In a rare convergence of technology it seems that for the first time since the 1980's the two x86 microprocessor manufacturers, Intel and AMD, are coming out with surprisingly similar technology and architecture for their next generation 45nm quad core chips. This will allow true one-to-one competition between the two chip makers. We will all benefit as computers will show a real leap in computer performance compared to past architectures. We're talking server speeds moving to your desktop, and Vista loading in less than 45 seconds.
The two chip builders took different architectural routes to get to today's convergence in chip architecture. When Intel eliminated its Front Side Bus, put the memory controller in the chip, and independently powered each core they took on the same architecture that AMD has been using for years. At the same time, AMD went to 45nm technology which Intel has pioneered. Thus the convergence.
Intel's offering internally called "Nehalem," and commercially dubbed "Corei7," will replace the popular "Core2" architecture. Memory performance will triple as three separate DDR3 memory DIMMs with be run simultaneously. Intel requires a new socket, supporting hardware, and DDR3 memory.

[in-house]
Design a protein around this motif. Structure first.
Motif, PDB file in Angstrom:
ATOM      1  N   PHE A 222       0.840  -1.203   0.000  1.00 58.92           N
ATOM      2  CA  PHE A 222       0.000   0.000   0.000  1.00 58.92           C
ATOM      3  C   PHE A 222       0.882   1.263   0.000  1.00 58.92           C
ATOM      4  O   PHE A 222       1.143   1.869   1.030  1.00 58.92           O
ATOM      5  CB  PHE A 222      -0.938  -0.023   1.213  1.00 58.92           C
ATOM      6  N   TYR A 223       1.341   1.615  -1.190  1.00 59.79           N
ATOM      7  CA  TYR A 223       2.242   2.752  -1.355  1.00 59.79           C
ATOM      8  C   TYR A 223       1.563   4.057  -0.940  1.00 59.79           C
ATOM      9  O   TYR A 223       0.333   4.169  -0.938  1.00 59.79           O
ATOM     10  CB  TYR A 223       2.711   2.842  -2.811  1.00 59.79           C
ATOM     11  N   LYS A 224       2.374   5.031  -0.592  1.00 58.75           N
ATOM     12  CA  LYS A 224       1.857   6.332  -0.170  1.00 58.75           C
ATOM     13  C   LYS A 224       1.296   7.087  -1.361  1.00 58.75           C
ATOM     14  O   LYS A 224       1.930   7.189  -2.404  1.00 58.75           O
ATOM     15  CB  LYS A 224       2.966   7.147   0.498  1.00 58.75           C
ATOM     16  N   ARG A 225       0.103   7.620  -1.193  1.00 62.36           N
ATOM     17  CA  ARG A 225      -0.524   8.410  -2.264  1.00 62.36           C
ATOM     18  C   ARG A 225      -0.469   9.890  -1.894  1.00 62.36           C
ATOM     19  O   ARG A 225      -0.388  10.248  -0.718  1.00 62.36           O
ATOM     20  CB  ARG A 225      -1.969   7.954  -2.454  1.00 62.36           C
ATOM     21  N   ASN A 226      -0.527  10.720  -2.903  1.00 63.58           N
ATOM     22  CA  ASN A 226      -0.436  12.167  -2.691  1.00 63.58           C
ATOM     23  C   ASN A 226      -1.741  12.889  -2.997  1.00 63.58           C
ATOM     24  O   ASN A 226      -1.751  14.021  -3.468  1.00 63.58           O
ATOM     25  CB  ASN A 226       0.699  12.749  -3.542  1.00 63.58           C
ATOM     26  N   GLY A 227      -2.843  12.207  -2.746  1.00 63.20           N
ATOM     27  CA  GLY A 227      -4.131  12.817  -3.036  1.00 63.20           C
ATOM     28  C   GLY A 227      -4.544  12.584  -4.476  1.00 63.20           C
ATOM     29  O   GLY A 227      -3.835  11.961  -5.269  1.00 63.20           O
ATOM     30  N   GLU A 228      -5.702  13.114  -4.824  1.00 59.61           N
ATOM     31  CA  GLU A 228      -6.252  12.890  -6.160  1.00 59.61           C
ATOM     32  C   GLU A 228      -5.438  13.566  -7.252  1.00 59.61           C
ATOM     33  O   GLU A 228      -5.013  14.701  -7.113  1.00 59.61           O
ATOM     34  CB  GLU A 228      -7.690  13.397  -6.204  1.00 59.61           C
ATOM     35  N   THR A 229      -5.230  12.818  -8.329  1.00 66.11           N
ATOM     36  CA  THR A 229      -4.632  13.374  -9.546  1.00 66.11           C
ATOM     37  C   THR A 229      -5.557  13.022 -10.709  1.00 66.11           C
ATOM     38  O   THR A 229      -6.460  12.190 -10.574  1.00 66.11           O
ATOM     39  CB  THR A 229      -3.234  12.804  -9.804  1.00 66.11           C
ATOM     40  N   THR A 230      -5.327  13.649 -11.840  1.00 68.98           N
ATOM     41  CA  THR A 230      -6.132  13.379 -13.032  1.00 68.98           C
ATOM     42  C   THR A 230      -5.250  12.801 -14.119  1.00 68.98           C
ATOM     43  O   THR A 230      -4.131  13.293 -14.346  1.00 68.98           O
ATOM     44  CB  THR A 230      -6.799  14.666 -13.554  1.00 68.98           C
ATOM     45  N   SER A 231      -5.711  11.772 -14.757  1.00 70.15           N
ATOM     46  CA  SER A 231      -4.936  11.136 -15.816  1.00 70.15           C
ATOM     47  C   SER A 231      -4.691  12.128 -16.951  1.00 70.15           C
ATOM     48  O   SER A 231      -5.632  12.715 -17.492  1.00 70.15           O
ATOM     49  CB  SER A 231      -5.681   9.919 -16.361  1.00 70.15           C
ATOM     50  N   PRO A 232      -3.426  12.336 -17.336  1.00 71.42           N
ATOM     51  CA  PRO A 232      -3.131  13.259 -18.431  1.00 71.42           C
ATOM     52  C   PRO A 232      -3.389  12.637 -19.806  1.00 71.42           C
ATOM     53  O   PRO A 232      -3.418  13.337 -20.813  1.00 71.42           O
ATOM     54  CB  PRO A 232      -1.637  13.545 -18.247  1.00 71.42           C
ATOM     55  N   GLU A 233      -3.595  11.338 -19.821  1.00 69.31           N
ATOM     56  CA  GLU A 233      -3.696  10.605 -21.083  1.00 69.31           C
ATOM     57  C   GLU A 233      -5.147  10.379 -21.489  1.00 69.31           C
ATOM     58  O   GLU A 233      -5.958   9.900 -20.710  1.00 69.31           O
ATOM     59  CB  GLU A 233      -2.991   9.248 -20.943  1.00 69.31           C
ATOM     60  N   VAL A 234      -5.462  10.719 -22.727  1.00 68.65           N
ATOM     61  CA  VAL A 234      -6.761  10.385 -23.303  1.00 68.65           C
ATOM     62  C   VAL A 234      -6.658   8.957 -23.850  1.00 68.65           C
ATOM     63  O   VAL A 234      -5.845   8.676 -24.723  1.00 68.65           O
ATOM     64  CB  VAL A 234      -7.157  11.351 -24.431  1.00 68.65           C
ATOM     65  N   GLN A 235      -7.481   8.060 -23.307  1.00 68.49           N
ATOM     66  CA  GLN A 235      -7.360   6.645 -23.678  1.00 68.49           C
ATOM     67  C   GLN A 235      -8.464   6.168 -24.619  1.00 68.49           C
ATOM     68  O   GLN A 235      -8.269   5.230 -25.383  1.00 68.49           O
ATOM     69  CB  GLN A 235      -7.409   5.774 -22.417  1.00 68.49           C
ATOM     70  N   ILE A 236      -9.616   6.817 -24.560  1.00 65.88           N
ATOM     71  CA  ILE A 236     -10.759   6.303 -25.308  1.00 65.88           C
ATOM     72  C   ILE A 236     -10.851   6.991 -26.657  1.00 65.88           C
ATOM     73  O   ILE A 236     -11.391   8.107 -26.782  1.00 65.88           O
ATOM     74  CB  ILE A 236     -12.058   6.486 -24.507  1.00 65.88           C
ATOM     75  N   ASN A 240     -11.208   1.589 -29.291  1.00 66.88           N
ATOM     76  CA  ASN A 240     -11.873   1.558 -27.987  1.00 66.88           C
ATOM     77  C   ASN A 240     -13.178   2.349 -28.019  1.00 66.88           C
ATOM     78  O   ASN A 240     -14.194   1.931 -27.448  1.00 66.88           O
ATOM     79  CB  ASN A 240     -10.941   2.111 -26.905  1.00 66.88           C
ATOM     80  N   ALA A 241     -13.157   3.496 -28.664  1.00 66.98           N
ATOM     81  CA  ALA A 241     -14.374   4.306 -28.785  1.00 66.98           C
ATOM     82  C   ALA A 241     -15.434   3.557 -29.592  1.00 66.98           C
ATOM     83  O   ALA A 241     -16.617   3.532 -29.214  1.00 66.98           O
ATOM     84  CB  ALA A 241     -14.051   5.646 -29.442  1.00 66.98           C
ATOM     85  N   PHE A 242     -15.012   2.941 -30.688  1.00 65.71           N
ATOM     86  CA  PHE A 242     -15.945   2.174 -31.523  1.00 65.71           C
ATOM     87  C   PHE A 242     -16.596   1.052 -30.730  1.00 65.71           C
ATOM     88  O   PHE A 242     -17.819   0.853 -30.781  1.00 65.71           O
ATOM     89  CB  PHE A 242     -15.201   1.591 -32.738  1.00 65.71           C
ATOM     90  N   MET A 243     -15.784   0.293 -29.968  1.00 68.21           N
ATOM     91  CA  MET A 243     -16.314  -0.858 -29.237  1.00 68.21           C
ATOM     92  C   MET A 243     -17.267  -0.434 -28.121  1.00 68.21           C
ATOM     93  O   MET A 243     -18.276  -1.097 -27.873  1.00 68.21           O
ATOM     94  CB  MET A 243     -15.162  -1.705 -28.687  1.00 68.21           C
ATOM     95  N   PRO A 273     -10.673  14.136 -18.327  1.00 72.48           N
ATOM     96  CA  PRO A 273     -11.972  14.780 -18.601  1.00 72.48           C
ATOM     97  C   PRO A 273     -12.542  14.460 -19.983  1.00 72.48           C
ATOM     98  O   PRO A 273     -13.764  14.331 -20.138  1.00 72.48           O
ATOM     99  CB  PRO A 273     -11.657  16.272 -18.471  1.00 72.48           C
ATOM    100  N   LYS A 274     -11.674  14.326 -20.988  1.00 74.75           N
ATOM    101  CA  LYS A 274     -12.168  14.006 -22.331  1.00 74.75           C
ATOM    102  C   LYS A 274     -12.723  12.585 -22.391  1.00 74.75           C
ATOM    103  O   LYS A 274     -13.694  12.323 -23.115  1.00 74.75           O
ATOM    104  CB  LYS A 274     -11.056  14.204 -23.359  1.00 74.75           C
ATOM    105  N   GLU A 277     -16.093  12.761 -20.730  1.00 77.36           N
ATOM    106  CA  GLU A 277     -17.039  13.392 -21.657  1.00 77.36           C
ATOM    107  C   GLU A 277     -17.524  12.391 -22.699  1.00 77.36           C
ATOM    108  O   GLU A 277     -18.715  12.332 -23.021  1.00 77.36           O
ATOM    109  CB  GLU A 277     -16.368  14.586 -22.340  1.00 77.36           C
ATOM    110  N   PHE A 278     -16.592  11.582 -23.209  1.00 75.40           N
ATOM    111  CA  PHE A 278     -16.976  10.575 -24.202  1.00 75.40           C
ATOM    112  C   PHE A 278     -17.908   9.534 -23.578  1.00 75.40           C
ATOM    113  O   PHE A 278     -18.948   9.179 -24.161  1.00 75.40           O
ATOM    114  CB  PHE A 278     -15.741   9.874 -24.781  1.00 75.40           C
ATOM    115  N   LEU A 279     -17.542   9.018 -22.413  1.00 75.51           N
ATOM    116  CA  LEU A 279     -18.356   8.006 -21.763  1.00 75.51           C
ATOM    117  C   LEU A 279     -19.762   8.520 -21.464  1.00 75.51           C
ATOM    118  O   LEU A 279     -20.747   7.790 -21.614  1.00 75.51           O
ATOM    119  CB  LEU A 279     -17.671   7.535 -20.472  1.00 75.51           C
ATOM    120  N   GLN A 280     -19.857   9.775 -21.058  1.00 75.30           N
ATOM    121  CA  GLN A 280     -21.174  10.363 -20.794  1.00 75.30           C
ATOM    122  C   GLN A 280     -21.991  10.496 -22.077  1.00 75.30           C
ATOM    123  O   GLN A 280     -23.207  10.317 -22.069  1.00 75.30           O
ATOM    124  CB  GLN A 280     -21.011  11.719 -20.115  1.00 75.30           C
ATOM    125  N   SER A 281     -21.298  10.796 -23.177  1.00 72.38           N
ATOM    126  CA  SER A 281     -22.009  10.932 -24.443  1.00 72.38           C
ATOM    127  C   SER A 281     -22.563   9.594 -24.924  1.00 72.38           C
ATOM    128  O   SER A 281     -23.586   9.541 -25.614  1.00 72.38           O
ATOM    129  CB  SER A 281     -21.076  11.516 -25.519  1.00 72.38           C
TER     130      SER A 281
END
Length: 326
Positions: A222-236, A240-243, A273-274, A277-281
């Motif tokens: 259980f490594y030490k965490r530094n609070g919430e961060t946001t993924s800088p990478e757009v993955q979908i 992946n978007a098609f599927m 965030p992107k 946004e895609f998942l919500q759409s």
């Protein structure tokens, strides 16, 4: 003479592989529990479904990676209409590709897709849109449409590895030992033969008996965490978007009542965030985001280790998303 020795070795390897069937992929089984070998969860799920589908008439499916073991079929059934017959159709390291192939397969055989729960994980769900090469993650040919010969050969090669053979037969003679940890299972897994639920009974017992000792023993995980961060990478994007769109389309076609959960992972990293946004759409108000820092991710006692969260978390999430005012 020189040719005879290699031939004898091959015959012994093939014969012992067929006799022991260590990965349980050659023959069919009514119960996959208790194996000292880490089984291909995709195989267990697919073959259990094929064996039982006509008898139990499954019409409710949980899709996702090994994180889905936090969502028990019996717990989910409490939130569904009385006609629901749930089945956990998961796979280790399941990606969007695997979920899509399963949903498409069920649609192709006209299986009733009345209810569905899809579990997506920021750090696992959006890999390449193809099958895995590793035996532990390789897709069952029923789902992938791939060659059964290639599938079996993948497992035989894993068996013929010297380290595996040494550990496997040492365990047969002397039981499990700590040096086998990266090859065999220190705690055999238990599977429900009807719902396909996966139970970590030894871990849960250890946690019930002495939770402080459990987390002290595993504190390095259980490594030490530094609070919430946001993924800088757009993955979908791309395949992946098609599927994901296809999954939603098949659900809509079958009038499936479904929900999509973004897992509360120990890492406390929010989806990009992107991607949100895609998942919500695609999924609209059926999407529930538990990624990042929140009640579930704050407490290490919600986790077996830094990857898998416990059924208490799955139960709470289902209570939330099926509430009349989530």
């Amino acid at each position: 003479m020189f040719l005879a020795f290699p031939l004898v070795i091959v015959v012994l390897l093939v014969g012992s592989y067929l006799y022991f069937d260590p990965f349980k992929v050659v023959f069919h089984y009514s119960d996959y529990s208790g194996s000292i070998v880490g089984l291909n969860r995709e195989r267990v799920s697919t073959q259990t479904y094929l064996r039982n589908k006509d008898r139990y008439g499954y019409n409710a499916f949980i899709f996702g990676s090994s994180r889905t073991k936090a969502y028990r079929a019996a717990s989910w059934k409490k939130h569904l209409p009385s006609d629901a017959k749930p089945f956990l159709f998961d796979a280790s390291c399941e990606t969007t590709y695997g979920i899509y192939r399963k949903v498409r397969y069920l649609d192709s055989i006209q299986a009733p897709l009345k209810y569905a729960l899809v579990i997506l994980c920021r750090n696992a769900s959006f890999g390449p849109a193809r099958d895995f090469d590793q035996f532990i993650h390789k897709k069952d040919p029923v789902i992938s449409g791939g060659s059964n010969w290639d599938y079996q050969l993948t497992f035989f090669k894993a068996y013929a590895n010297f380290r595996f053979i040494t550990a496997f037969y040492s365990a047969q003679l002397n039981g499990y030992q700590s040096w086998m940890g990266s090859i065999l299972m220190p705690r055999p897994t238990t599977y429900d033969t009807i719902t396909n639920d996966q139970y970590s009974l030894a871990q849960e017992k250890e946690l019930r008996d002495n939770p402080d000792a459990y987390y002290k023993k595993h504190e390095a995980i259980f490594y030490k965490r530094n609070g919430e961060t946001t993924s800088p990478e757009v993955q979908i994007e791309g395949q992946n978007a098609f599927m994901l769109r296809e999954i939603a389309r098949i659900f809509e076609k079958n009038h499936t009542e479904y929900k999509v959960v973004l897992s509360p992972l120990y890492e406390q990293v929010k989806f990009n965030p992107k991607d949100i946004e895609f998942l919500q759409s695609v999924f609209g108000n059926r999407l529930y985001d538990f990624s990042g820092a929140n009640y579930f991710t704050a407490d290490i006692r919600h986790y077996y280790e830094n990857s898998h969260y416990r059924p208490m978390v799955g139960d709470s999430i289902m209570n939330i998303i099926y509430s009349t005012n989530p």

AMD offering internally called "Shanghai," and commercially dubbed "Opteron," will use the same socket on the motherboard as their older "Barcelona" architecture, and AMD is waiting until 2010 to move to DDR3 memory. So they will be compatible with existing hardware right from the start.
Intel is first out the door, but will have to wait for the hardware to catch up. Memory availability appears to be there. AMD will have to prove it can deliver consistently, which it has had trouble with in the past. Thus the 2009 battleground.
The victor will be the chip with the best performance and the lowest power consumption. We are all eagerly awaiting the competition.